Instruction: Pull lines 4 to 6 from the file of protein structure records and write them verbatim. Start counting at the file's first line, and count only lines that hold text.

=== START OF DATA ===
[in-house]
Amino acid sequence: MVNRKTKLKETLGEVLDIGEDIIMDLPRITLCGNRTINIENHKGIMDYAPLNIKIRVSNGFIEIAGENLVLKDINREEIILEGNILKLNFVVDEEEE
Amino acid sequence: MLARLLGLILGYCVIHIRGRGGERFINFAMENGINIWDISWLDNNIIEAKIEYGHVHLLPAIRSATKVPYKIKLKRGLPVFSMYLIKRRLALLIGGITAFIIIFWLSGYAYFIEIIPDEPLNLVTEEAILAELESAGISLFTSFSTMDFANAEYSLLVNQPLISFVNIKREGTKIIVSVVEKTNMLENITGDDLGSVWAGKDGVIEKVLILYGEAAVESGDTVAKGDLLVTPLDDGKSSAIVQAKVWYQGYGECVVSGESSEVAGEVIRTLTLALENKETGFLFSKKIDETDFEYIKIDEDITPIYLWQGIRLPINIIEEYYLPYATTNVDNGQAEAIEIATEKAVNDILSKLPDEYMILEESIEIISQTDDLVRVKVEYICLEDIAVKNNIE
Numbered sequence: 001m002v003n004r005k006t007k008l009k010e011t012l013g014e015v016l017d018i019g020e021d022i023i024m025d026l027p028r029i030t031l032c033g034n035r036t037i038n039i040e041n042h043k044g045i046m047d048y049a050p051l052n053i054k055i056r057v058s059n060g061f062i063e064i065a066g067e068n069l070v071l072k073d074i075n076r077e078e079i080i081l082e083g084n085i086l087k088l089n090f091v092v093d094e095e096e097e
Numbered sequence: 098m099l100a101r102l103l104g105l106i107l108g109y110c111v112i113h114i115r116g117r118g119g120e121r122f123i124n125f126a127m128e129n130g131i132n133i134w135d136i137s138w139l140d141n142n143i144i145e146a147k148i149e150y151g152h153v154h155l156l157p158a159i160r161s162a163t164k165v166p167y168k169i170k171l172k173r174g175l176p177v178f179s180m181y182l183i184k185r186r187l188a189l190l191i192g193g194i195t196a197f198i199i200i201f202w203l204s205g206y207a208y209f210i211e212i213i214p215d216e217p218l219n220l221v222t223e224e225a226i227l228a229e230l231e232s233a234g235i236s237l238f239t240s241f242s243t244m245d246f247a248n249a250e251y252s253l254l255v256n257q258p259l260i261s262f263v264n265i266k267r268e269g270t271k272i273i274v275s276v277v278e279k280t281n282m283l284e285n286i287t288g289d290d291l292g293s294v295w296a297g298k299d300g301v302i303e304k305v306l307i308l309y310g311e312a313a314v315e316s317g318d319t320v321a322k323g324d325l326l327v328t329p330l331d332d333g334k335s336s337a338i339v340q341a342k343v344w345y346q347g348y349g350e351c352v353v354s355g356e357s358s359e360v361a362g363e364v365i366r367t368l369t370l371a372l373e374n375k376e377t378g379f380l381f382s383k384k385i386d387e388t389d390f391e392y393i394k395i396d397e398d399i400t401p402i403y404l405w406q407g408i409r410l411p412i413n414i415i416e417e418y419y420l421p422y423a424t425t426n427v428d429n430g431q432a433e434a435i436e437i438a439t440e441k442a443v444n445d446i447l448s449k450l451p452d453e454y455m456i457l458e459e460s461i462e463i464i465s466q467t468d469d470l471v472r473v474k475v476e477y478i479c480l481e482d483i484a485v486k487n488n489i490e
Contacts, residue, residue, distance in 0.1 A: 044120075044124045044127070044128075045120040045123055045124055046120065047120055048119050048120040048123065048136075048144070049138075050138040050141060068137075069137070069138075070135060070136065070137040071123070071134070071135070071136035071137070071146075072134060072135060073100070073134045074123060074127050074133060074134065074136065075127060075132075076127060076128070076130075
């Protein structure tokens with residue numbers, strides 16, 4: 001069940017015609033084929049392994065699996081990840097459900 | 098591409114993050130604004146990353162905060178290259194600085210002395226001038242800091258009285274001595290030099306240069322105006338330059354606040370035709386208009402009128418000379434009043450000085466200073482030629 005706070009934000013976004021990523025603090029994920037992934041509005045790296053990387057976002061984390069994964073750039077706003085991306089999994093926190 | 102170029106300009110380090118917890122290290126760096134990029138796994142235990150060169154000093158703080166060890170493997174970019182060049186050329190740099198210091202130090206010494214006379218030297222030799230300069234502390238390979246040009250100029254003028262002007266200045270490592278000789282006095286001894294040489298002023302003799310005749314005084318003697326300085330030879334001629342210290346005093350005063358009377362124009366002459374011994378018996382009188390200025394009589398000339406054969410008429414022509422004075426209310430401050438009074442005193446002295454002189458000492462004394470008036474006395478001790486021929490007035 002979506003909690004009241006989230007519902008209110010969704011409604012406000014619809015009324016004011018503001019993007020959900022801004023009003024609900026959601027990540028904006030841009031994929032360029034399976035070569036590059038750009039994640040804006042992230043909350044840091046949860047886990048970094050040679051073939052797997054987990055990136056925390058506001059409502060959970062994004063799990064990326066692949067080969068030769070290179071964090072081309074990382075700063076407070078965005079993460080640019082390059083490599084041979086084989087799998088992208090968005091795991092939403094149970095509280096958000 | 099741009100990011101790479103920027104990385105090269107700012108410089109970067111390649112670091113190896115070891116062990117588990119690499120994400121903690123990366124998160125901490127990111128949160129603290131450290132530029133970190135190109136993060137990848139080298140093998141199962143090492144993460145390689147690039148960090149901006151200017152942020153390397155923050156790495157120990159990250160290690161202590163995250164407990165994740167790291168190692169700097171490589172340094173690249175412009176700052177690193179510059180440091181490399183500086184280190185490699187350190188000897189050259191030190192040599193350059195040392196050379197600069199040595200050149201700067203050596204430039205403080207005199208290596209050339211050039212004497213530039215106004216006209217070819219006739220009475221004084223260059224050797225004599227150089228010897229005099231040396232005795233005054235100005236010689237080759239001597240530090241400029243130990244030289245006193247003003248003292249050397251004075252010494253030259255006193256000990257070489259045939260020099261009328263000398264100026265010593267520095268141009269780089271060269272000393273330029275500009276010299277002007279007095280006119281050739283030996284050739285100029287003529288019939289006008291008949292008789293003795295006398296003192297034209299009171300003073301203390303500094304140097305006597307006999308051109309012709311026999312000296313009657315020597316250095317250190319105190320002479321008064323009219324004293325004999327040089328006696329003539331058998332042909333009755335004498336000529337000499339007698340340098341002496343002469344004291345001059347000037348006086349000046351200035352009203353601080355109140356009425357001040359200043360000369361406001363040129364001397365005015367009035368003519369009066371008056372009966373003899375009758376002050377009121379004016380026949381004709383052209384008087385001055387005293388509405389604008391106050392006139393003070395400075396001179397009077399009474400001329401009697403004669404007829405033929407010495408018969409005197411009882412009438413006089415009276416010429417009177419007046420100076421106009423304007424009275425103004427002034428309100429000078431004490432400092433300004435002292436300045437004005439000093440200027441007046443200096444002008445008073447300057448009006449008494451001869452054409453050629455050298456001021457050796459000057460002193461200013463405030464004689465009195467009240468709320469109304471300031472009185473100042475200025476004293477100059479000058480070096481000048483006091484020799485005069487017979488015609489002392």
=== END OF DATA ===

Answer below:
Numbered sequence: 001m002v003n004r005k006t007k008l009k010e011t012l013g014e015v016l017d018i019g020e021d022i023i024m025d026l027p028r029i030t031l032c033g034n035r036t037i038n039i040e041n042h043k044g045i046m047d048y049a050p051l052n053i054k055i056r057v058s059n060g061f062i063e064i065a066g067e068n069l070v071l072k073d074i075n076r077e078e079i080i081l082e083g084n085i086l087k088l089n090f091v092v093d094e095e096e097e
Numbered sequence: 098m099l100a101r102l103l104g105l106i107l108g109y110c111v112i113h114i115r116g117r118g119g120e121r122f123i124n125f126a127m128e129n130g131i132n133i134w135d136i137s138w139l140d141n142n143i144i145e146a147k148i149e150y151g152h153v154h155l156l157p158a159i160r161s162a163t164k165v166p167y168k169i170k171l172k173r174g175l176p177v178f179s180m181y182l183i184k185r186r187l188a189l190l191i192g193g194i195t196a197f198i199i200i201f202w203l204s205g206y207a208y209f210i211e212i213i214p215d216e217p218l219n220l221v222t223e224e225a226i227l228a229e230l231e232s233a234g235i236s237l238f239t240s241f242s243t244m245d246f247a248n249a250e251y252s253l254l255v256n257q258p259l260i261s262f263v264n265i266k267r268e269g270t271k272i273i274v275s276v277v278e279k280t281n282m283l284e285n286i287t288g289d290d291l292g293s294v295w296a297g298k299d300g301v302i303e304k305v306l307i308l309y310g311e312a313a314v315e316s317g318d319t320v321a322k323g324d325l326l327v328t329p330l331d332d333g334k335s336s337a338i339v340q341a342k343v344w345y346q347g348y349g350e351c352v353v354s355g356e357s358s359e360v361a362g363e364v365i366r367t368l369t370l371a372l373e374n375k376e377t378g379f380l381f382s383k384k385i386d387e388t389d390f391e392y393i394k395i396d397e398d399i400t401p402i403y404l405w406q407g408i409r410l411p412i413n414i415i416e417e418y419y420l421p422y423a424t425t426n427v428d429n430g431q432a433e434a435i436e437i438a439t440e441k442a443v444n445d446i447l448s449k450l451p452d453e454y455m456i457l458e459e460s461i462e463i464i465s466q467t468d469d470l471v472r473v474k475v476e477y478i479c480l481e482d483i484a485v486k487n488n489i490e
Contacts, residue, residue, distance in 0.1 A: 044120075044124045044127070044128075045120040045123055045124055046120065047120055048119050048120040048123065048136075048144070049138075050138040050141060068137075069137070069138075070135060070136065070137040071123070071134070071135070071136035071137070071146075072134060072135060073100070073134045074123060074127050074133060074134065074136065075127060075132075076127060076128070076130075